Holidays can be stressful under normal circumstances. During 2020, stress and feelings of depression can be multiplied by a spike in COVID-19 cases, economic concerns and election stress, among many other factors.
University of North Texas College of Health and Public Service Rehabilitation and Health Services Clinical Assistant Professor Rachita Sharma has suggestions for coping with holiday stress or the holiday blues in a year when nothing seems normal.
Be realistic – The holiday season will undoubtedly look different this year. Do not expect it to be perfect or be the same as years past. Instead, prioritize what truly matters and set realistic expectations. If needed, give these pandemic holidays a new name (Pandolidays?) and allow yourself to recognize that they will look different than usual holidays. Gifts not mailed on time? Blame it on the Pandolidays! Turkey is overcooked and potatoes lumpy? Blame it on the Pandolidays! Decorations look a little sparse this year? Pandolidays!
Acknowledge your feelings – Pandemic holidays will feel quite different when compared to the usual holiday season. Allow yourself to feel a range of emotions during this time, including fear, guilt, sadness, uncertainty or even apathy. There might be an empty spot or two at the holiday dinner table because of the loss of a loved one or their inability to be present because of travel restrictions. It is OK to allow yourself to feel these emotions and recognize them as a normal response toward the holidays this year. Don’t force yourself to be happy just because it is the holiday season.
Plan ahead and be flexible – Flexibility and preplanning will be key to this holiday season. Your usual traditions might need to be adapted to meet the demands of the pandemic. Make new traditions this year or cherish some of the older, simpler ones that might have fallen by the wayside. While we are feeling the brunt of technology right now with working from home, video conferencing can be a great way to include family members or friends into celebrations that they might otherwise not be able to attend. If technology is not your cup of tea, then consider utilizing the postal service to send handwritten letters or cards to loved ones. If the gift you would like to order is sold out, get creative and use the extra time you have to hand-make a thoughtful gift instead. Your custom-made labor of love might be appreciated even more than a commercialized product.
Set aside differences – Americans are more polarized than ever before, and this often extends to family members as well. Regardless of our values or beliefs, we have all experienced the negative impact of this pandemic on our lives. Try to set aside other differences, even just momentarily, and consciously choose to be present in the moment with your family by enjoying the natural warmth of the season and practicing gratitude for the time you have together. If you cannot agree on certain topics and other topics of conversation are hard to come by, consider volunteering for a social cause all of you can agree on. Adopt a family-in-need for Christmas and shop for items on their wish list; collect toys for a children’s hospital; or donate your skills, time or money to an agency that helps those impacted by the pandemic. There are many opportunities to give back.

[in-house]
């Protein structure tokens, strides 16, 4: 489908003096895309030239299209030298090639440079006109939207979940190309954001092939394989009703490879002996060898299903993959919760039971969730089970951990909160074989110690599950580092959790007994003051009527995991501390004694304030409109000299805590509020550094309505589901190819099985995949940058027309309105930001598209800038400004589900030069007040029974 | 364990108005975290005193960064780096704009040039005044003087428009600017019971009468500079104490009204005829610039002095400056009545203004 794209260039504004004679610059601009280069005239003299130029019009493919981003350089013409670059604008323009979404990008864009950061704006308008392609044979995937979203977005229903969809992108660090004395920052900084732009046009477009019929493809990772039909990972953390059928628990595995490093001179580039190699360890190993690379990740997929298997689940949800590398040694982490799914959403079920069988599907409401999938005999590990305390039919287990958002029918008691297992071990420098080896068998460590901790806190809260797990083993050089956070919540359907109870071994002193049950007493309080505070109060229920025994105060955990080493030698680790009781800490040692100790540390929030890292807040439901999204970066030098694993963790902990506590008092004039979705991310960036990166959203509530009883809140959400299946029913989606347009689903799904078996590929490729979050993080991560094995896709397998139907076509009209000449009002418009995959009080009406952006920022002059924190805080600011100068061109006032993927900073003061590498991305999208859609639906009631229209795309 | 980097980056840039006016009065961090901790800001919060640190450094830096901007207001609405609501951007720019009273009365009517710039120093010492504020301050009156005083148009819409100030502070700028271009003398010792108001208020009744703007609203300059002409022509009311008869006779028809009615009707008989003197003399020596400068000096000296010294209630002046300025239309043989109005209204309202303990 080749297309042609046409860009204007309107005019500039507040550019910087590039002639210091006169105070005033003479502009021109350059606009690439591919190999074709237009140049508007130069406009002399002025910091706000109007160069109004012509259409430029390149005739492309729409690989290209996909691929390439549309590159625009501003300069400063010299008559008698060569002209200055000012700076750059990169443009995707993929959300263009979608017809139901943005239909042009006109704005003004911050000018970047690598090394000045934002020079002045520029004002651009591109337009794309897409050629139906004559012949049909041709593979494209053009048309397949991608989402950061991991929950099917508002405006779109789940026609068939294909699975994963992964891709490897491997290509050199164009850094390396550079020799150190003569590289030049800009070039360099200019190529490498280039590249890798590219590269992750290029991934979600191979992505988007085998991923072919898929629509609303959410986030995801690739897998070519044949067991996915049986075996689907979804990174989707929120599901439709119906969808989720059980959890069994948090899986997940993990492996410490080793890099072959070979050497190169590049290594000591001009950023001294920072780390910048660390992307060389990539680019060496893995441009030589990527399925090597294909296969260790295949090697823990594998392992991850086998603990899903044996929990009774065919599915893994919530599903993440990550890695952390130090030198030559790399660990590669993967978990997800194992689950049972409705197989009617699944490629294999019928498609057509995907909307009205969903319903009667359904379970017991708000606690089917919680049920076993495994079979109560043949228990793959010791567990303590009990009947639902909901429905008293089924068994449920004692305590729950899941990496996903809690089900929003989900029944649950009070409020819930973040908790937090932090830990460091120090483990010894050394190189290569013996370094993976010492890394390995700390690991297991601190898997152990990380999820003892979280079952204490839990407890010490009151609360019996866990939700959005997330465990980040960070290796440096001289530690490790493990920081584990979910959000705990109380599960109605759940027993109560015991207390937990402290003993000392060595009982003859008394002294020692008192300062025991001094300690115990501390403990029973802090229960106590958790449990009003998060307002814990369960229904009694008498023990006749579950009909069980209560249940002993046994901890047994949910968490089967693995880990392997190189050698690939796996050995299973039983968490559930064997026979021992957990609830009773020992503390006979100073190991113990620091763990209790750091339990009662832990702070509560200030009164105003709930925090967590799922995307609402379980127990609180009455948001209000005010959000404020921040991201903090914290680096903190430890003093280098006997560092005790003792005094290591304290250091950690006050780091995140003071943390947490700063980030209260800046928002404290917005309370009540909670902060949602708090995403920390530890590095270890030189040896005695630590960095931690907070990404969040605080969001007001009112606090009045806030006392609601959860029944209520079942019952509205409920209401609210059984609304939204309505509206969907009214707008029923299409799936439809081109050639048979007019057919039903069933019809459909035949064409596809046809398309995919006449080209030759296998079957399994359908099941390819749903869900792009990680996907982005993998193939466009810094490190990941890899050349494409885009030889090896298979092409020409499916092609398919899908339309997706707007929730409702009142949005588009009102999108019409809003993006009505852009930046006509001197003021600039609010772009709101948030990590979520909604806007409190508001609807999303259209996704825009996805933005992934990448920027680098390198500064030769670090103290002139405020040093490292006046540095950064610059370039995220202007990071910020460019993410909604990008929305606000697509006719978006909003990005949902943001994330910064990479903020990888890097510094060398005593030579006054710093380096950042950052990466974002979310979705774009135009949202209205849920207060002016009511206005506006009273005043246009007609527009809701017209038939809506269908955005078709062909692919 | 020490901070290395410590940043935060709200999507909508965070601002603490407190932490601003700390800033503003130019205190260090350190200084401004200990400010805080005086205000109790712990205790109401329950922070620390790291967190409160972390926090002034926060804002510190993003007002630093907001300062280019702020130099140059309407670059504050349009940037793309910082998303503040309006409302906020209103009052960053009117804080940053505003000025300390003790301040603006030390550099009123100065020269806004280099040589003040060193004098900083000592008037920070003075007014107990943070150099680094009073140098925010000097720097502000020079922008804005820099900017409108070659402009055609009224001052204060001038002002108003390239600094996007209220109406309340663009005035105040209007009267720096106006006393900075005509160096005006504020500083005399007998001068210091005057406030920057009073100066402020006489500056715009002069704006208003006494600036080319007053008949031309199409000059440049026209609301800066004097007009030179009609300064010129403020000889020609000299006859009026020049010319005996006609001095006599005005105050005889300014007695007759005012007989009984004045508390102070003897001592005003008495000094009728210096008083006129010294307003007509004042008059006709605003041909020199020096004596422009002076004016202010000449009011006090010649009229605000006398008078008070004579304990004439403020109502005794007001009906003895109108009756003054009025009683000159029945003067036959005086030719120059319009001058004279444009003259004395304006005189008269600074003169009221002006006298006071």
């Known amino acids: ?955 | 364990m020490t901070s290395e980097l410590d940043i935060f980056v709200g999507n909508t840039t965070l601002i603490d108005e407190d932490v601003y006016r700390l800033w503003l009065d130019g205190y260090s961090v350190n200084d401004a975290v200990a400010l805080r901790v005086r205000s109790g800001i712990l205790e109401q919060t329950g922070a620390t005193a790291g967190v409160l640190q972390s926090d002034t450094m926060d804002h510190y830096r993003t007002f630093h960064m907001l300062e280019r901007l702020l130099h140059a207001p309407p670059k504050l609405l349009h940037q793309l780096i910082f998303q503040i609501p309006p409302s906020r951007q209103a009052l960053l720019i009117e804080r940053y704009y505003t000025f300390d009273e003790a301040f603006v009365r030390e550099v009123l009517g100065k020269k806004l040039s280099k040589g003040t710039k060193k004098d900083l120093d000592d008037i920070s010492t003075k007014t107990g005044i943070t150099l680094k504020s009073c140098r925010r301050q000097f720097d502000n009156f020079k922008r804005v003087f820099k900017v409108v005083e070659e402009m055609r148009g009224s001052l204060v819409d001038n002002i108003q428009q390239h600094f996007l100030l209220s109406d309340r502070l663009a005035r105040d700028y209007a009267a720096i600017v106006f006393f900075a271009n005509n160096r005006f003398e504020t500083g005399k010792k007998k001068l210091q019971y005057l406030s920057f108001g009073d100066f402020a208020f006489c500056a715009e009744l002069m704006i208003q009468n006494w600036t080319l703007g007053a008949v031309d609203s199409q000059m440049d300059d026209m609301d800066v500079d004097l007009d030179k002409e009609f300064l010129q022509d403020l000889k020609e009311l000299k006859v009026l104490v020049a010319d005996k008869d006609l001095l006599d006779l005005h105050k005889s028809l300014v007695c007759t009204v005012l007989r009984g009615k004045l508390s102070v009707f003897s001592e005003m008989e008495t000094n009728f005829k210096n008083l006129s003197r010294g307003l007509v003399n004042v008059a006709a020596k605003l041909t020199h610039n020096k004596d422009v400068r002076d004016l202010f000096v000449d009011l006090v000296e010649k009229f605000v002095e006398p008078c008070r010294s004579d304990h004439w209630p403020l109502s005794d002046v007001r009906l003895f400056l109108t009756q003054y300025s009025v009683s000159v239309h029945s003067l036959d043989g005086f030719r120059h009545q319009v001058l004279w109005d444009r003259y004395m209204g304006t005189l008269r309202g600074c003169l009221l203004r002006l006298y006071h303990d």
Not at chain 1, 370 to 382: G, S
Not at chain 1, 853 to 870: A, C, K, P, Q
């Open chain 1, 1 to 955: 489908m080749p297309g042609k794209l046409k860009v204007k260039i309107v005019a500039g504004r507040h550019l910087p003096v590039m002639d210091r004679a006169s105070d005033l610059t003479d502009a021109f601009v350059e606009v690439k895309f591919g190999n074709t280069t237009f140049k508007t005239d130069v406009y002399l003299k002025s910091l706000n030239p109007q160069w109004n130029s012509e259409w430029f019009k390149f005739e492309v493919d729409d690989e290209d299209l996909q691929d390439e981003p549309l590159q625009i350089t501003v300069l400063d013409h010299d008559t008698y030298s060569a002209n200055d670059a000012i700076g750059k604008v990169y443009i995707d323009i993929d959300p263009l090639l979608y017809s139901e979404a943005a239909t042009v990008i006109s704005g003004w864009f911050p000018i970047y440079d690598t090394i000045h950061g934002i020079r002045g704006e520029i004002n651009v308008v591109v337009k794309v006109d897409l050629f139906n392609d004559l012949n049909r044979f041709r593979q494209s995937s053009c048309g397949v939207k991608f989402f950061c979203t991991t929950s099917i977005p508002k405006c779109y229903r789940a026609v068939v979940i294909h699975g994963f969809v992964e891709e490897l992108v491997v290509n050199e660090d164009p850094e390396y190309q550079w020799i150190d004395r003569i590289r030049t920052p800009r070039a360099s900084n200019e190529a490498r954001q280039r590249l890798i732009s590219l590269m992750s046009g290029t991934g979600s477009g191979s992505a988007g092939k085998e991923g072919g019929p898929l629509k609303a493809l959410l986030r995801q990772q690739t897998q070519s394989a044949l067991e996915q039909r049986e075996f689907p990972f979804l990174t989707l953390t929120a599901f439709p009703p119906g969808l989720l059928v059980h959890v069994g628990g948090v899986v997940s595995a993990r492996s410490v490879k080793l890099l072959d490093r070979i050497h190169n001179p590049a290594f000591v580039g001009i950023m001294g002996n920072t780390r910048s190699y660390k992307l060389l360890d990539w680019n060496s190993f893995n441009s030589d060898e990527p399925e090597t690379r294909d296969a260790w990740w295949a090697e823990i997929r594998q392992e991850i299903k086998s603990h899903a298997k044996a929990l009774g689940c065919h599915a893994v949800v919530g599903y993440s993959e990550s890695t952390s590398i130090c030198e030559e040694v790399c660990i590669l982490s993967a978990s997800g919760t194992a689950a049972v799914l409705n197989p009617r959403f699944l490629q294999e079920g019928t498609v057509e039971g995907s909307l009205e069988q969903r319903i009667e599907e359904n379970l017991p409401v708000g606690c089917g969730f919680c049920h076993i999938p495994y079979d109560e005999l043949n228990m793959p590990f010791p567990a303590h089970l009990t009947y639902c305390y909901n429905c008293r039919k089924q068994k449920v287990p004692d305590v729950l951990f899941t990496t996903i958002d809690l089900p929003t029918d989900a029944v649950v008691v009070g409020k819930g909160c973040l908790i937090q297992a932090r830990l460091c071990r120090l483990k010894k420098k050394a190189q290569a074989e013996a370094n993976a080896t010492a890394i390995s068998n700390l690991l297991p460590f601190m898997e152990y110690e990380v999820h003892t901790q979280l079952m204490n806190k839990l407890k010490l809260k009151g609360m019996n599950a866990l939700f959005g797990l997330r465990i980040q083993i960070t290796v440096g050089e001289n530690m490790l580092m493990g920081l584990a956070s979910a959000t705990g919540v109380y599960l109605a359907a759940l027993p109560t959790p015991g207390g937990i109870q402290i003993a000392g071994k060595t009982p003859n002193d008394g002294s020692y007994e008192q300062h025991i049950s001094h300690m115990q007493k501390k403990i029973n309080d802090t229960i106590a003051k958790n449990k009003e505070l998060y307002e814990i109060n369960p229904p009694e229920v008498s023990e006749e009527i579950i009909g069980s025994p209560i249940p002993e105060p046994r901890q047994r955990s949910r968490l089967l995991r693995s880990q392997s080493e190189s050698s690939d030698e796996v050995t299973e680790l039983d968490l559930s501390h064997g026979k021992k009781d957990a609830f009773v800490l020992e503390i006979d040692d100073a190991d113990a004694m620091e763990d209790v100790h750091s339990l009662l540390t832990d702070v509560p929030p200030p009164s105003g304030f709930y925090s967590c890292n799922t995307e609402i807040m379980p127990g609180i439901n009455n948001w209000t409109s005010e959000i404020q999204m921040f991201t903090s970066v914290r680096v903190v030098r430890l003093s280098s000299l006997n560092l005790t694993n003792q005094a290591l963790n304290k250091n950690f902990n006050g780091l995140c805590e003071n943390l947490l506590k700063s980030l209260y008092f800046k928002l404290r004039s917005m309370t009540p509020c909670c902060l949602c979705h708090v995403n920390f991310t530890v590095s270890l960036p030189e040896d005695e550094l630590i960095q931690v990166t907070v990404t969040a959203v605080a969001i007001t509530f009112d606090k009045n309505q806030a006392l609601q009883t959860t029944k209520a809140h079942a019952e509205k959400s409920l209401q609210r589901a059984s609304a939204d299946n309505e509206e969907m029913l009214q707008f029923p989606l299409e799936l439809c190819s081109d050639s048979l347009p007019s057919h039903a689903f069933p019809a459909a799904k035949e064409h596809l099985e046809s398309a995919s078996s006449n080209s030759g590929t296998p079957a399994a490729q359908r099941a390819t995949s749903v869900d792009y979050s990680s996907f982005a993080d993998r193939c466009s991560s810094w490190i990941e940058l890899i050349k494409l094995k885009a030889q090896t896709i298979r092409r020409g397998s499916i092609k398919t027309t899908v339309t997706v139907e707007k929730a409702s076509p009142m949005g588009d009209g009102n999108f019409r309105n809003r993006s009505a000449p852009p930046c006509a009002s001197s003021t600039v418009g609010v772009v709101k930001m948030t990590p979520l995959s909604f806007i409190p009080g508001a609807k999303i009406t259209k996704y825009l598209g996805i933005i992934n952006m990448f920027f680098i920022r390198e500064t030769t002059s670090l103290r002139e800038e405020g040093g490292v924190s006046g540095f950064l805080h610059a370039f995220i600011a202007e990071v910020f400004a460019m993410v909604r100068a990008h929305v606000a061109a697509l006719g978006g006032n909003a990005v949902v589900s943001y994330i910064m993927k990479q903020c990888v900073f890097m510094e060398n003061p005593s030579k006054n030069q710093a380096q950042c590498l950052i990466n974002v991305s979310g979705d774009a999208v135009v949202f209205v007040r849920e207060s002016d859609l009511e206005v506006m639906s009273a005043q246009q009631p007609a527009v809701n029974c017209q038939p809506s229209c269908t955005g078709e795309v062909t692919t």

Stick to a budget – The pandemic has caused all of us to be spread thin in terms of responsibilities. You might have felt like a neglectful parent, an absent partner or an unavailable friend. Nonetheless, do not attempt to overcompensate by buying exceptionally lavish gifts or going overboard with your overall holiday spending. Nothing dulls the cheer of the holidays season faster than a long, looming credit card bill in January.
Learn to say no – Learn to prioritize the “me” in “merry” this festive season. For many people, the holiday season means caring for and prioritizing others. However, you cannot pour from an empty cup. Consider setting boundaries and being assertive as needed. All of us are experiencing moral fatigue at this point of the pandemic. For months, we have had to think through the potential implications of many of our normal, everyday actions and decisions in a way we never had to before, because of how they could affect others. Give yourself some down time by learning to say “no” to some things instead of overwhelming yourself this season.
Don’t abandon healthy habits – Think of yourself as a plant. You need water, fresh oxygen, healthy nutrients and some time to relax, now more than ever. Keep your body’s immunity strong by not letting your healthy habits slide away during the holidays. Keep your mental health strong by practicing gratitude on a daily basis and reaching out to loved ones.
Take a breather (Niksen!) – Rest and relaxation are vital for all of us. Sometimes, simply sitting on a sofa and sipping hot chocolate with your favorite topping on a chilly day can be the relaxation you need. Allow yourself to engage in doing absolutely nothing at all. The Dutch even have a name for this intentional practice of doing nothing – Niksen! If Niksen is not for you, then consider learning about and utilizing progressive muscle relaxation, guided imagery or mindfulness to allow your mind a gentle way to return to this moment and embrace the spirit of the festive season.
Reach out – If you are unable to be with your family this year for the holidays, consider reaching out to friends, religious/spiritual communities or other social communities and participate in socially distant events. Schedule a few appointments with a therapist via telemental health if you need someone to listen nonjudgmentally to how you are feeling. Don’t be afraid to ask for help.